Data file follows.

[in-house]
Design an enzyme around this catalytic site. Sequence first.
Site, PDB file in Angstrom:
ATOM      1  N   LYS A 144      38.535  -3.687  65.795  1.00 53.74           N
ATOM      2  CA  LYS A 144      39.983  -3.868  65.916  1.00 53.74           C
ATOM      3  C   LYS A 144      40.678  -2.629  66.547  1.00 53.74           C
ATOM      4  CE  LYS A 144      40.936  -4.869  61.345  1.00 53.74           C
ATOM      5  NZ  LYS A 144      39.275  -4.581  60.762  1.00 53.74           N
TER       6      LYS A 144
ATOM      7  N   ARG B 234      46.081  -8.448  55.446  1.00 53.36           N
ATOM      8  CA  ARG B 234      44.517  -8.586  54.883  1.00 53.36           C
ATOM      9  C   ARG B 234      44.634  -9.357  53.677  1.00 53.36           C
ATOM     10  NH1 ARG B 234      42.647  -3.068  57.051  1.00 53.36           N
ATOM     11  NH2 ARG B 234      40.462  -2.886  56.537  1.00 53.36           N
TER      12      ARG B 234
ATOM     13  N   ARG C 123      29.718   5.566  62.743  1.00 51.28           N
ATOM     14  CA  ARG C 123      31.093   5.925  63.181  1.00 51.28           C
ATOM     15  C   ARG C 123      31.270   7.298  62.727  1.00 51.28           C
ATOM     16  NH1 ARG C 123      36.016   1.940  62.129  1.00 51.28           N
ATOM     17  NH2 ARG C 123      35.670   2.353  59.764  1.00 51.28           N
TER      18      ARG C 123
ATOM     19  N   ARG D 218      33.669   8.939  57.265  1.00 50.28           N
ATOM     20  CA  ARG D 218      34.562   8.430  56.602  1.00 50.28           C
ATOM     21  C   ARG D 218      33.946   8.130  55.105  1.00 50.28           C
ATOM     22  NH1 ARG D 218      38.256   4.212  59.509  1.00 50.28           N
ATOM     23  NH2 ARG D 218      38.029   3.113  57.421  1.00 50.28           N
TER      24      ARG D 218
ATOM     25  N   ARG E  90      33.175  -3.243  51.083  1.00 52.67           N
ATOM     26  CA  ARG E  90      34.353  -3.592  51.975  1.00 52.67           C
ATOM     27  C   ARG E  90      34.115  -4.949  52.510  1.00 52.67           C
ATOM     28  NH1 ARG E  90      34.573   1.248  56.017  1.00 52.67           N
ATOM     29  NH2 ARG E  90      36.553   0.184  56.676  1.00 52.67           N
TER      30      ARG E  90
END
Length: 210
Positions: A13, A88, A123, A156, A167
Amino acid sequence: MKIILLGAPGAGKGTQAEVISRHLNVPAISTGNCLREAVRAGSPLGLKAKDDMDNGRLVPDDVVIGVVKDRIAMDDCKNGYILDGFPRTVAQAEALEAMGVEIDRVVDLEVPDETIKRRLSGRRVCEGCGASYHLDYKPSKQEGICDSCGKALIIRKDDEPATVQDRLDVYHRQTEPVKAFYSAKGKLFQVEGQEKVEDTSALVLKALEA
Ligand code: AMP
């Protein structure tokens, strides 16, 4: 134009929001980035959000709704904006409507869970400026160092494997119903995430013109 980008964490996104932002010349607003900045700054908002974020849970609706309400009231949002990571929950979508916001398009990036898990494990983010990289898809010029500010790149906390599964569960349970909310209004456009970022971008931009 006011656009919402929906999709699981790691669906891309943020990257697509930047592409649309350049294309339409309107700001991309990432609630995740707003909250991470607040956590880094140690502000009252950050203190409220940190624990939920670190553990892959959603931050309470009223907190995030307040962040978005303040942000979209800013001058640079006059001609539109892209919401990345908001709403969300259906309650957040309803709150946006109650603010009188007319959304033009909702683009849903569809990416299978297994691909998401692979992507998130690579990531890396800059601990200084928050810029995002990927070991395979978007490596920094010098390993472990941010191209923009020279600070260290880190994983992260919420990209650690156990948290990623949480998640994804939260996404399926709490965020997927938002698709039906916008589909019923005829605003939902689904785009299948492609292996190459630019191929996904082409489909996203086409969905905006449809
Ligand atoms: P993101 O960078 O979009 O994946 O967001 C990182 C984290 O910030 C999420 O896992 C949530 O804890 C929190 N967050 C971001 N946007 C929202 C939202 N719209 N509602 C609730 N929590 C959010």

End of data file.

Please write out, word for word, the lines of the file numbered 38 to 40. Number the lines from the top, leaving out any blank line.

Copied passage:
Ligand code: AMP
């Protein structure tokens, strides 16, 4: 134009929001980035959000709704904006409507869970400026160092494997119903995430013109 980008964490996104932002010349607003900045700054908002974020849970609706309400009231949002990571929950979508916001398009990036898990494990983010990289898809010029500010790149906390599964569960349970909310209004456009970022971008931009 006011656009919402929906999709699981790691669906891309943020990257697509930047592409649309350049294309339409309107700001991309990432609630995740707003909250991470607040956590880094140690502000009252950050203190409220940190624990939920670190553990892959959603931050309470009223907190995030307040962040978005303040942000979209800013001058640079006059001609539109892209919401990345908001709403969300259906309650957040309803709150946006109650603010009188007319959304033009909702683009849903569809990416299978297994691909998401692979992507998130690579990531890396800059601990200084928050810029995002990927070991395979978007490596920094010098390993472990941010191209923009020279600070260290880190994983992260919420990209650690156990948290990623949480998640994804939260996404399926709490965020997927938002698709039906916008589909019923005829605003939902689904785009299948492609292996190459630019191929996904082409489909996203086409969905905006449809
Ligand atoms: P993101 O960078 O979009 O994946 O967001 C990182 C984290 O910030 C999420 O896992 C949530 O804890 C929190 N967050 C971001 N946007 C929202 C939202 N719209 N509602 C609730 N929590 C959010």